However, that doesn’t mean you can’t play Mozart pieces that don’t fit within the 61-keys range. There are several different compromises you can make so that you can play any Mozart piece even with the keyboard limitation.
Ways to play Mozart pieces that don’t fit within 61 keys
Omit parts from the piece
If a bolt doesn’t fit into a frame, the simplest solution is to forget about that bolt instead of trying a bolt that fits. However, this would make the frame wobbly.
This also applies to Mozart pieces: if a section doesn’t fit on 61-keys, omit that section so you can play the rest on the keyboard. However, that makes the piece sounds incomplete.
With that said, in some cases, even after excluding the parts that don’t fit on 61 keys, the modified version will still sound similar to the original. This is to the point where unless you’re actively paying attention, you won’t even notice that there’s a part missing from the piece.
This is perfect if you’re only playing for yourself or your friends and families that don’t play the piano and so won’t notice the gap in the piece.
An example of a piece that still sounds the same after omitting some parts is Fur Elise by Beethoven. In Fur Elise, there are only a few notes at the end that is just outside the 61 keys range, and so even after excluding those notes, the piece still sounds the same.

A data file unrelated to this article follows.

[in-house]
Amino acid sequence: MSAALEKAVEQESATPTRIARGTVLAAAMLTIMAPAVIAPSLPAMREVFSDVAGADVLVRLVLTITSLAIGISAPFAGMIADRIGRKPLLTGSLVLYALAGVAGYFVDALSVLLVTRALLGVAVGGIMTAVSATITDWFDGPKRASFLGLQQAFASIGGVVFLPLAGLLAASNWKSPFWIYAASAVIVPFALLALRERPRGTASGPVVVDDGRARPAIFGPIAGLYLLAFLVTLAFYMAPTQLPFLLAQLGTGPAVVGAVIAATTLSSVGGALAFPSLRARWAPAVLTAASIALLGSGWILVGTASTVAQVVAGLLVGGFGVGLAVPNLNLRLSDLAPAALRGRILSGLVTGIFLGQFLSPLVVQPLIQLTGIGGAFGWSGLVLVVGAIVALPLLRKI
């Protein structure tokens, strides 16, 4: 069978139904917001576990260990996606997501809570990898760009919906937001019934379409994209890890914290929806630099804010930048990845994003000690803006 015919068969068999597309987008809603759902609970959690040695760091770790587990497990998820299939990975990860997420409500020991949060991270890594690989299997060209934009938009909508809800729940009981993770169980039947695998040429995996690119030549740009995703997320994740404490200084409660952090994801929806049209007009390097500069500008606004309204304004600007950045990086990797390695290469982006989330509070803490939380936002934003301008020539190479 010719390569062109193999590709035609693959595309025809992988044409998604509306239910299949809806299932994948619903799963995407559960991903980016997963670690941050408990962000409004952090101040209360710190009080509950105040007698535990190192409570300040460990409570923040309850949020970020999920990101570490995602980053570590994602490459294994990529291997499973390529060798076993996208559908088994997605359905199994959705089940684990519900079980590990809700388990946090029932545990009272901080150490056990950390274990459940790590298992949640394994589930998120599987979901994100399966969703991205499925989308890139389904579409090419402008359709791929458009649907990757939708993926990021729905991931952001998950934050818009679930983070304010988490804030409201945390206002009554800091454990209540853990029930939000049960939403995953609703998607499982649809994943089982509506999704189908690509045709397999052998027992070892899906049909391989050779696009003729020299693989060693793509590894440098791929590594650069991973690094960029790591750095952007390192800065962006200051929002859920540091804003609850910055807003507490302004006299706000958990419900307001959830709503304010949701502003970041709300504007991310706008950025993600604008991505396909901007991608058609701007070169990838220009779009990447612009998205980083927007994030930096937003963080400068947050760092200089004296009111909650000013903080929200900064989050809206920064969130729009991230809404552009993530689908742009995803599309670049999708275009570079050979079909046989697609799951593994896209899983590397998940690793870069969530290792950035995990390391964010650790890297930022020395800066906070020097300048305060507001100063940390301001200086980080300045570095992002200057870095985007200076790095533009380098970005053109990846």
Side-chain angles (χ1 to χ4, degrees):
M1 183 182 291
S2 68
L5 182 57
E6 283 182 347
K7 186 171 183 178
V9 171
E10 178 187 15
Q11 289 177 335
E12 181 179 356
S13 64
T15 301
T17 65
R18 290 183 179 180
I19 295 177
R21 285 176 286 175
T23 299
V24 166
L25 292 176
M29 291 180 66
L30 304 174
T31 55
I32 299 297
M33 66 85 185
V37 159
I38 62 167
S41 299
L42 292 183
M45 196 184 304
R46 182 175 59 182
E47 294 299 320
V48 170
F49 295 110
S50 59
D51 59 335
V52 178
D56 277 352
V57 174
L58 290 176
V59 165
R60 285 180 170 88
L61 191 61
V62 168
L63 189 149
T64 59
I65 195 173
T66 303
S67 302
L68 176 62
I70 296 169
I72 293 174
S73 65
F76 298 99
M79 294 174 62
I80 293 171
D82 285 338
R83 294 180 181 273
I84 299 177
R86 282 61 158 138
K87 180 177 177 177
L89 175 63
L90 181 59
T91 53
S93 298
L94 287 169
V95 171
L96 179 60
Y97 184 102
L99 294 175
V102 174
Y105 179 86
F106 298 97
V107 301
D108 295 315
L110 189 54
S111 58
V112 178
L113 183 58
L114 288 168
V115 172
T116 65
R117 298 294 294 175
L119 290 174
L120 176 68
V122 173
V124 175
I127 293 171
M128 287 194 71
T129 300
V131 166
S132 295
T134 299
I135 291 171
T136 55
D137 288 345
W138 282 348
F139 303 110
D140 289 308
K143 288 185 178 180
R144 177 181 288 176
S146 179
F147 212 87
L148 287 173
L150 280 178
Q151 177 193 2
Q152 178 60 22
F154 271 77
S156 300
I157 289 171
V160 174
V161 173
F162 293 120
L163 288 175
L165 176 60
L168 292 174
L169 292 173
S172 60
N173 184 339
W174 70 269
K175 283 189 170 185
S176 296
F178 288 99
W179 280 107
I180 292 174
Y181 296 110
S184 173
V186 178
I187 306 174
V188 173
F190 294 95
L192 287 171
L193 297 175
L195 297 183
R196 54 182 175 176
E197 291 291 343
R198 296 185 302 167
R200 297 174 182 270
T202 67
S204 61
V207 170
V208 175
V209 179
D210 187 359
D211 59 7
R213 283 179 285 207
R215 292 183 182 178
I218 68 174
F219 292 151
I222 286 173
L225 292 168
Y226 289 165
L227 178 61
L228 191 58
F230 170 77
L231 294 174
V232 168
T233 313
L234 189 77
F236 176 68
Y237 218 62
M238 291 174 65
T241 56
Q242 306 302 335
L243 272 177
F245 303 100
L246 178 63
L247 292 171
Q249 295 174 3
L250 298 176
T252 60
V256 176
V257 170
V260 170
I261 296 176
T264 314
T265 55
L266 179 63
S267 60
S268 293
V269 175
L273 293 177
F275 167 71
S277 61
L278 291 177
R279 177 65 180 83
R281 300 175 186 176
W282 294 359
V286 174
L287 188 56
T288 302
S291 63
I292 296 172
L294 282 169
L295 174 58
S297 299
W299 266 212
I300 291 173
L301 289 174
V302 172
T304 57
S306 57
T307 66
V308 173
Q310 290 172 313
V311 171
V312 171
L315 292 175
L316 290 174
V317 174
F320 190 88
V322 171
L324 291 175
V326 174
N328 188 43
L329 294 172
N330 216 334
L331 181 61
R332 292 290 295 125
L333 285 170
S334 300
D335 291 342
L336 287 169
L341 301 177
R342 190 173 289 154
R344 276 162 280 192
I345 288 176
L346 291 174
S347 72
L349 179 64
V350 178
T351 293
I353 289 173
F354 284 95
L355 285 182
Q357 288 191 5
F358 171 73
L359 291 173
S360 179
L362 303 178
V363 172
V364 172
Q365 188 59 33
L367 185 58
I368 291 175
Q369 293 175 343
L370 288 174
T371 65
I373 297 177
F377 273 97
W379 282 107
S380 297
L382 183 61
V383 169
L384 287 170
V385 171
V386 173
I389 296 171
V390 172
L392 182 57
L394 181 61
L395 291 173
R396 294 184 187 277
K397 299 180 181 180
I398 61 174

I talk about the notes to exclude from Fur Elise and how it sounds like compared to the original in this article: Can Fur Elise be Played on a 61 Keys Keyboard?
On the other hand, If you don’t want to omit anything from the Mozart piece since it bugs you and wants to play the whole thing from start to finish on 61 keys, you can consider transposing your keyboard to shift one octave up so that the piece can fit in.
Transpose to shift the keyboard one octave up
Every electric piano keyboard nowadays has a “transpose” function. It can be a physical button, a knob or a sequence of keys pressed to activate it.
Imagine a full range of 88-keys. Nestled within it is your 61 keys keyboard. Transposing your keyboard will shift that 61-keys range either up or down to the 88-keys range. This gives you access to higher or lower keys that aren’t present in a standard 61-keys keyboard.